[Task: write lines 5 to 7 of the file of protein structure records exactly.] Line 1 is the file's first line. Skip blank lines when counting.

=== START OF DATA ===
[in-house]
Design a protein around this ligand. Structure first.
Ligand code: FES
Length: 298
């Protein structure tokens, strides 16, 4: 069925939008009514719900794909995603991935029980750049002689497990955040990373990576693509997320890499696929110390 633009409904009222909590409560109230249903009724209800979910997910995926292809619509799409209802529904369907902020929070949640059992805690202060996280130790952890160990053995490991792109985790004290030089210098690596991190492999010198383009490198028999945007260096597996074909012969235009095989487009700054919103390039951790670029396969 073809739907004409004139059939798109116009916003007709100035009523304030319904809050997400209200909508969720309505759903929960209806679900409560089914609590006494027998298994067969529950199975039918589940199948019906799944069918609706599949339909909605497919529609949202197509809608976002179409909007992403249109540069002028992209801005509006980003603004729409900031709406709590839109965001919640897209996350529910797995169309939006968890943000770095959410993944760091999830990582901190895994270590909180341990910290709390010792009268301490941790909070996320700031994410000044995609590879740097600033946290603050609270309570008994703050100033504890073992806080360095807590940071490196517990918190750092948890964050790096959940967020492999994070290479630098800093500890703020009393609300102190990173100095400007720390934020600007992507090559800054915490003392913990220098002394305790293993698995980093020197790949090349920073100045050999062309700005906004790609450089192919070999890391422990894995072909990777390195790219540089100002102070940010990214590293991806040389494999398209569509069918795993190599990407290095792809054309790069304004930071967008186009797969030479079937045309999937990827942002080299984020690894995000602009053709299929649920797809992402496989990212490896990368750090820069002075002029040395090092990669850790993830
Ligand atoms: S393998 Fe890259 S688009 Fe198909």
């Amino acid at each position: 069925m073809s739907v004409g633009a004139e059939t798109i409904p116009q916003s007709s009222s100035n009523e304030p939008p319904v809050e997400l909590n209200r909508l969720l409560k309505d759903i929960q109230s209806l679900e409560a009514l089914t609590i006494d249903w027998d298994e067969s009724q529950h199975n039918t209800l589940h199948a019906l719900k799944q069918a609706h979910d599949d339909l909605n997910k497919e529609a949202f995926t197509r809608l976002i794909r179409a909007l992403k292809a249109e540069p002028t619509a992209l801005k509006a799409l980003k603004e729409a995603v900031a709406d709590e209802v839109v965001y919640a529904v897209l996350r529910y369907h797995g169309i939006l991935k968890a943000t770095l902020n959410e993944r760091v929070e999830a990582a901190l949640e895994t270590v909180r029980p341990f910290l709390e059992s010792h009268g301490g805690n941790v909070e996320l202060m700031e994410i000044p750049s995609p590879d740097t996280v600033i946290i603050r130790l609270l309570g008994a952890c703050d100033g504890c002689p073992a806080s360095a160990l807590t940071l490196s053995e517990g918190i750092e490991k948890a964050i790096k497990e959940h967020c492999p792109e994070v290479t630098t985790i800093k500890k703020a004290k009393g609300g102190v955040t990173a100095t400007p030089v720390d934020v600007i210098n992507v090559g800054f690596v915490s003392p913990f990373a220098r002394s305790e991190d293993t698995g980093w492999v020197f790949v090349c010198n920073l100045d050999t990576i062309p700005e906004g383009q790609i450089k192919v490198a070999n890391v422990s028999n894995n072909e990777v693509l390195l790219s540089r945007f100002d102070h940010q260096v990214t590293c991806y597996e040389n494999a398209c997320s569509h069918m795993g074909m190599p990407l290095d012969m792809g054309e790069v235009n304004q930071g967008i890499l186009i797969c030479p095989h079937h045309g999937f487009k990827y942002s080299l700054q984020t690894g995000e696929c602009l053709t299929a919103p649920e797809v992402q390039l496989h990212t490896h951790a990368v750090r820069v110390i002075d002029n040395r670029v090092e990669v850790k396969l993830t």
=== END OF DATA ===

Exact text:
């Protein structure tokens, strides 16, 4: 069925939008009514719900794909995603991935029980750049002689497990955040990373990576693509997320890499696929110390 633009409904009222909590409560109230249903009724209800979910997910995926292809619509799409209802529904369907902020929070949640059992805690202060996280130790952890160990053995490991792109985790004290030089210098690596991190492999010198383009490198028999945007260096597996074909012969235009095989487009700054919103390039951790670029396969 073809739907004409004139059939798109116009916003007709100035009523304030319904809050997400209200909508969720309505759903929960209806679900409560089914609590006494027998298994067969529950199975039918589940199948019906799944069918609706599949339909909605497919529609949202197509809608976002179409909007992403249109540069002028992209801005509006980003603004729409900031709406709590839109965001919640897209996350529910797995169309939006968890943000770095959410993944760091999830990582901190895994270590909180341990910290709390010792009268301490941790909070996320700031994410000044995609590879740097600033946290603050609270309570008994703050100033504890073992806080360095807590940071490196517990918190750092948890964050790096959940967020492999994070290479630098800093500890703020009393609300102190990173100095400007720390934020600007992507090559800054915490003392913990220098002394305790293993698995980093020197790949090349920073100045050999062309700005906004790609450089192919070999890391422990894995072909990777390195790219540089100002102070940010990214590293991806040389494999398209569509069918795993190599990407290095792809054309790069304004930071967008186009797969030479079937045309999937990827942002080299984020690894995000602009053709299929649920797809992402496989990212490896990368750090820069002075002029040395090092990669850790993830
Ligand atoms: S393998 Fe890259 S688009 Fe198909």
């Amino acid at each position: 069925m073809s739907v004409g633009a004139e059939t798109i409904p116009q916003s007709s009222s100035n009523e304030p939008p319904v809050e997400l909590n209200r909508l969720l409560k309505d759903i929960q109230s209806l679900e409560a009514l089914t609590i006494d249903w027998d298994e067969s009724q529950h199975n039918t209800l589940h199948a019906l719900k799944q069918a609706h979910d599949d339909l909605n997910k497919e529609a949202f995926t197509r809608l976002i794909r179409a909007l992403k292809a249109e540069p002028t619509a992209l801005k509006a799409l980003k603004e729409a995603v900031a709406d709590e209802v839109v965001y919640a529904v897209l996350r529910y369907h797995g169309i939006l991935k968890a943000t770095l902020n959410e993944r760091v929070e999830a990582a901190l949640e895994t270590v909180r029980p341990f910290l709390e059992s010792h009268g301490g805690n941790v909070e996320l202060m700031e994410i000044p750049s995609p590879d740097t996280v600033i946290i603050r130790l609270l309570g008994a952890c703050d100033g504890c002689p073992a806080s360095a160990l807590t940071l490196s053995e517990g918190i750092e490991k948890a964050i790096k497990e959940h967020c492999p792109e994070v290479t630098t985790i800093k500890k703020a004290k009393g609300g102190v955040t990173a100095t400007p030089v720390d934020v600007i210098n992507v090559g800054f690596v915490s003392p913990f990373a220098r002394s305790e991190d293993t698995g980093w492999v020197f790949v090349c010198n920073l100045d050999t990576i062309p700005e906004g383009q790609i450089k192919v490198a070999n890391v422990s028999n894995n072909e990777v693509l390195l790219s540089r945007f100002d102070h940010q260096v990214t590293c991806y597996e040389n494999a398209c997320s569509h069918m795993g074909m190599p990407l290095d012969m792809g054309e790069v235009n304004q930071g967008i890499l186009i797969c030479p095989h079937h045309g999937f487009k990827y942002s080299l700054q984020t690894g995000e696929c602009l053709t299929a919103p649920e797809v992402q390039l496989h990212t490896h951790a990368v750090r820069v110390i002075d002029n040395r670029v090092e990669v850790k396969l993830t």